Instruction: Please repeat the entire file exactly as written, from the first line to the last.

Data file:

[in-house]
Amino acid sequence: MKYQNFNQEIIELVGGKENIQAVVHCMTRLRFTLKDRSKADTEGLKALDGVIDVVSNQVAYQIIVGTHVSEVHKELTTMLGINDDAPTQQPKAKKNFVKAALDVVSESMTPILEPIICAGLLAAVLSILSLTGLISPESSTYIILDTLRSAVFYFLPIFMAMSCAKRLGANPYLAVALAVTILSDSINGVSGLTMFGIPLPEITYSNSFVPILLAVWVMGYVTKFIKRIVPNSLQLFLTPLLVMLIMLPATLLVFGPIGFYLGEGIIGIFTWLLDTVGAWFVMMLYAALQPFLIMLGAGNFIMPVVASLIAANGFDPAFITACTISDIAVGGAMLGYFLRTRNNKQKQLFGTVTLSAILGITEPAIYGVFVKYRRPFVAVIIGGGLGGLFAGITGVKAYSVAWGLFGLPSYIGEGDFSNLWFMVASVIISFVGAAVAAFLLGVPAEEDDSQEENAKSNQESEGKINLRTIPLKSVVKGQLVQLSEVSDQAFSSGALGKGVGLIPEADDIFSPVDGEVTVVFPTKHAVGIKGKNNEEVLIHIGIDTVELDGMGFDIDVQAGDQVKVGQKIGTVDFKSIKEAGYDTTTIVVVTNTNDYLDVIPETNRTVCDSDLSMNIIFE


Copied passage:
[in-house]
Amino acid sequence: MKYQNFNQEIIELVGGKENIQAVVHCMTRLRFTLKDRSKADTEGLKALDGVIDVVSNQVAYQIIVGTHVSEVHKELTTMLGINDDAPTQQPKAKKNFVKAALDVVSESMTPILEPIICAGLLAAVLSILSLTGLISPESSTYIILDTLRSAVFYFLPIFMAMSCAKRLGANPYLAVALAVTILSDSINGVSGLTMFGIPLPEITYSNSFVPILLAVWVMGYVTKFIKRIVPNSLQLFLTPLLVMLIMLPATLLVFGPIGFYLGEGIIGIFTWLLDTVGAWFVMMLYAALQPFLIMLGAGNFIMPVVASLIAANGFDPAFITACTISDIAVGGAMLGYFLRTRNNKQKQLFGTVTLSAILGITEPAIYGVFVKYRRPFVAVIIGGGLGGLFAGITGVKAYSVAWGLFGLPSYIGEGDFSNLWFMVASVIISFVGAAVAAFLLGVPAEEDDSQEENAKSNQESEGKINLRTIPLKSVVKGQLVQLSEVSDQAFSSGALGKGVGLIPEADDIFSPVDGEVTVVFPTKHAVGIKGKNNEEVLIHIGIDTVELDGMGFDIDVQAGDQVKVGQKIGTVDFKSIKEAGYDTTTIVVVTNTNDYLDVIPETNRTVCDSDLSMNIIFE